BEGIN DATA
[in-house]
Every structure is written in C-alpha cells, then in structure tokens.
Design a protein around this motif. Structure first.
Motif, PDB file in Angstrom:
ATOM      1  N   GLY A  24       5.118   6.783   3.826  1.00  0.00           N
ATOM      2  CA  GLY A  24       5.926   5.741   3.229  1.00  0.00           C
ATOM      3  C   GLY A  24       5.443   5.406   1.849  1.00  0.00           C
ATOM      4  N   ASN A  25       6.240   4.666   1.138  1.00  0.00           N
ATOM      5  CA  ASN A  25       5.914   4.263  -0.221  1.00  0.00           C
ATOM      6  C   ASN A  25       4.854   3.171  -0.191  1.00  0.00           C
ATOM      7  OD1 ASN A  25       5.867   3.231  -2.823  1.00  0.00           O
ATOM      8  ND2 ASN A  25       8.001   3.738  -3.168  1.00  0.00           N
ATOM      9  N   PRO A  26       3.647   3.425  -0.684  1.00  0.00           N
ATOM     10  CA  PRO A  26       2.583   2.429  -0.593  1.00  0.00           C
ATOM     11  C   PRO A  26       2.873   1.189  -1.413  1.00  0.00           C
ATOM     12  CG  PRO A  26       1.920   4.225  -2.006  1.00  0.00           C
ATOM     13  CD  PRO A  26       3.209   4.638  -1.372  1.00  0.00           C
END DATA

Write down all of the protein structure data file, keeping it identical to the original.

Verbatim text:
[in-house]
Every structure is written in C-alpha cells, then in structure tokens.
Design a protein around this motif. Structure first.
Motif, PDB file in Angstrom:
ATOM      1  N   GLY A  24       5.118   6.783   3.826  1.00  0.00           N
ATOM      2  CA  GLY A  24       5.926   5.741   3.229  1.00  0.00           C
ATOM      3  C   GLY A  24       5.443   5.406   1.849  1.00  0.00           C
ATOM      4  N   ASN A  25       6.240   4.666   1.138  1.00  0.00           N
ATOM      5  CA  ASN A  25       5.914   4.263  -0.221  1.00  0.00           C
ATOM      6  C   ASN A  25       4.854   3.171  -0.191  1.00  0.00           C
ATOM      7  OD1 ASN A  25       5.867   3.231  -2.823  1.00  0.00           O
ATOM      8  ND2 ASN A  25       8.001   3.738  -3.168  1.00  0.00           N
ATOM      9  N   PRO A  26       3.647   3.425  -0.684  1.00  0.00           N
ATOM     10  CA  PRO A  26       2.583   2.429  -0.593  1.00  0.00           C
ATOM     11  C   PRO A  26       2.873   1.189  -1.413  1.00  0.00           C
ATOM     12  CG  PRO A  26       1.920   4.225  -2.006  1.00  0.00           C
ATOM     13  CD  PRO A  26       3.209   4.638  -1.372  1.00  0.00           C